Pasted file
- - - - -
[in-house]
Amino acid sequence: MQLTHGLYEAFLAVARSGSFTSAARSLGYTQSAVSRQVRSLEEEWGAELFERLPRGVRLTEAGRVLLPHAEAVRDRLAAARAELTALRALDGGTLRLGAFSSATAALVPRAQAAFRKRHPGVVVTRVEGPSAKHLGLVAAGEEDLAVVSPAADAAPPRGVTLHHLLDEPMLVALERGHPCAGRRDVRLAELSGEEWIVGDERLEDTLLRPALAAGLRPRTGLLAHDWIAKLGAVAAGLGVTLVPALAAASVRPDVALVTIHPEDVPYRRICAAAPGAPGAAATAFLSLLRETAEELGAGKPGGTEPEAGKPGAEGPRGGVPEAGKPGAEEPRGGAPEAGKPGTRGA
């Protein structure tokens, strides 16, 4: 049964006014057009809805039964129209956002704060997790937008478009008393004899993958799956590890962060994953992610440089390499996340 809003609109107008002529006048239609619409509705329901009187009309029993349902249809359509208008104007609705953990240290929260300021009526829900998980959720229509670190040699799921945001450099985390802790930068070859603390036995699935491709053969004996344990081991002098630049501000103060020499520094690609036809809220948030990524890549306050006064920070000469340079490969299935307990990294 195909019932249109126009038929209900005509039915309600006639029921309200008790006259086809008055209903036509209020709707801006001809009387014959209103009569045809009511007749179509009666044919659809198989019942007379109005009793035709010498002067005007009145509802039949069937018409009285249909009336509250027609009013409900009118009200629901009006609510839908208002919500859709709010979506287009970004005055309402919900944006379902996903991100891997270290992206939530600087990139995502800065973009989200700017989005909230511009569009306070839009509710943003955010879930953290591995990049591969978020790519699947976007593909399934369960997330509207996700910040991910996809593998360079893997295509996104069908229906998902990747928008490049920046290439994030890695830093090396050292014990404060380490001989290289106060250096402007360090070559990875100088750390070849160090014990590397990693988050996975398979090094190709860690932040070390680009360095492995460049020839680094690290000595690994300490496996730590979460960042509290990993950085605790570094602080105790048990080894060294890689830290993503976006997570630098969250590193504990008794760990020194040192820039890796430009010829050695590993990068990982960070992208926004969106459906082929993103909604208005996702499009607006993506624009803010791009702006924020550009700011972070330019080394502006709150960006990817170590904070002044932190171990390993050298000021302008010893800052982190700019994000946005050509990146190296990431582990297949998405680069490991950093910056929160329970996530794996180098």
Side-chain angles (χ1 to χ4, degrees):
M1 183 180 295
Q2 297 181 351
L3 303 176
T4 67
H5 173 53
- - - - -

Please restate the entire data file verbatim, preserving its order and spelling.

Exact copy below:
[in-house]
Amino acid sequence: MQLTHGLYEAFLAVARSGSFTSAARSLGYTQSAVSRQVRSLEEEWGAELFERLPRGVRLTEAGRVLLPHAEAVRDRLAAARAELTALRALDGGTLRLGAFSSATAALVPRAQAAFRKRHPGVVVTRVEGPSAKHLGLVAAGEEDLAVVSPAADAAPPRGVTLHHLLDEPMLVALERGHPCAGRRDVRLAELSGEEWIVGDERLEDTLLRPALAAGLRPRTGLLAHDWIAKLGAVAAGLGVTLVPALAAASVRPDVALVTIHPEDVPYRRICAAAPGAPGAAATAFLSLLRETAEELGAGKPGGTEPEAGKPGAEGPRGGVPEAGKPGAEEPRGGAPEAGKPGTRGA
């Protein structure tokens, strides 16, 4: 049964006014057009809805039964129209956002704060997790937008478009008393004899993958799956590890962060994953992610440089390499996340 809003609109107008002529006048239609619409509705329901009187009309029993349902249809359509208008104007609705953990240290929260300021009526829900998980959720229509670190040699799921945001450099985390802790930068070859603390036995699935491709053969004996344990081991002098630049501000103060020499520094690609036809809220948030990524890549306050006064920070000469340079490969299935307990990294 195909019932249109126009038929209900005509039915309600006639029921309200008790006259086809008055209903036509209020709707801006001809009387014959209103009569045809009511007749179509009666044919659809198989019942007379109005009793035709010498002067005007009145509802039949069937018409009285249909009336509250027609009013409900009118009200629901009006609510839908208002919500859709709010979506287009970004005055309402919900944006379902996903991100891997270290992206939530600087990139995502800065973009989200700017989005909230511009569009306070839009509710943003955010879930953290591995990049591969978020790519699947976007593909399934369960997330509207996700910040991910996809593998360079893997295509996104069908229906998902990747928008490049920046290439994030890695830093090396050292014990404060380490001989290289106060250096402007360090070559990875100088750390070849160090014990590397990693988050996975398979090094190709860690932040070390680009360095492995460049020839680094690290000595690994300490496996730590979460960042509290990993950085605790570094602080105790048990080894060294890689830290993503976006997570630098969250590193504990008794760990020194040192820039890796430009010829050695590993990068990982960070992208926004969106459906082929993103909604208005996702499009607006993506624009803010791009702006924020550009700011972070330019080394502006709150960006990817170590904070002044932190171990390993050298000021302008010893800052982190700019994000946005050509990146190296990431582990297949998405680069490991950093910056929160329970996530794996180098």
Side-chain angles (χ1 to χ4, degrees):
M1 183 180 295
Q2 297 181 351
L3 303 176
T4 67
H5 173 53